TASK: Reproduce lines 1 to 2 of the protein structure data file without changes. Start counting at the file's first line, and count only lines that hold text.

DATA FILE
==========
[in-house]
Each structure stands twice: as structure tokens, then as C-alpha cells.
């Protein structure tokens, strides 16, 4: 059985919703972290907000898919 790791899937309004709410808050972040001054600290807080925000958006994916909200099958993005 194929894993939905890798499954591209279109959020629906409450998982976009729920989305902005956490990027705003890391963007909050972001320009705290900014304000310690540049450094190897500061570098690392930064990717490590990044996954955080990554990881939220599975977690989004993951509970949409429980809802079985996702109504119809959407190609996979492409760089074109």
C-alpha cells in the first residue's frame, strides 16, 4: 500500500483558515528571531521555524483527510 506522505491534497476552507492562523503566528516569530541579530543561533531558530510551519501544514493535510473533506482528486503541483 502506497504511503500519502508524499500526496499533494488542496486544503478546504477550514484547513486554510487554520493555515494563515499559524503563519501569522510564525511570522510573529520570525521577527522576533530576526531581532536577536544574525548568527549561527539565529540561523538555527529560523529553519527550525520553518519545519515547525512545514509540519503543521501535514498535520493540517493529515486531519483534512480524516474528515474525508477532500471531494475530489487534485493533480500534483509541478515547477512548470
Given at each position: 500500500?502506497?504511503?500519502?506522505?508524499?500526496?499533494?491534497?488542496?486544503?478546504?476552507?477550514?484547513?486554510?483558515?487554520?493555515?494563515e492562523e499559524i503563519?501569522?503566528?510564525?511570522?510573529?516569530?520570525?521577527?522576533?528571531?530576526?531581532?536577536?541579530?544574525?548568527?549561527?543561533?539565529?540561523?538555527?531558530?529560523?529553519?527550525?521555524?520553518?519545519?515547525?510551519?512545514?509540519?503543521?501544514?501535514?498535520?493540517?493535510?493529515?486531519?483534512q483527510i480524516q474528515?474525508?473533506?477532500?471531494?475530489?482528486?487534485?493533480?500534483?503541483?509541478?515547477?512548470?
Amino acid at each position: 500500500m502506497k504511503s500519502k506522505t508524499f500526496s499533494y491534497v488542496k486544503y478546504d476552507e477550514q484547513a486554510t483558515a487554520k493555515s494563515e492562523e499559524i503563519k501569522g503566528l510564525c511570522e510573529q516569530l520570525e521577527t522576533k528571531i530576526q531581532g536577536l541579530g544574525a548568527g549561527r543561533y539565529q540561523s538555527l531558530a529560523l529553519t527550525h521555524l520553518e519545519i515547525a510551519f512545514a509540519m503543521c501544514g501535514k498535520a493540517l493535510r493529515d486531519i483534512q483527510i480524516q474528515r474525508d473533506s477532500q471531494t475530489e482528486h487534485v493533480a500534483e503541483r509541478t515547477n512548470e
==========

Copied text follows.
[in-house]
Each structure stands twice: as structure tokens, then as C-alpha cells.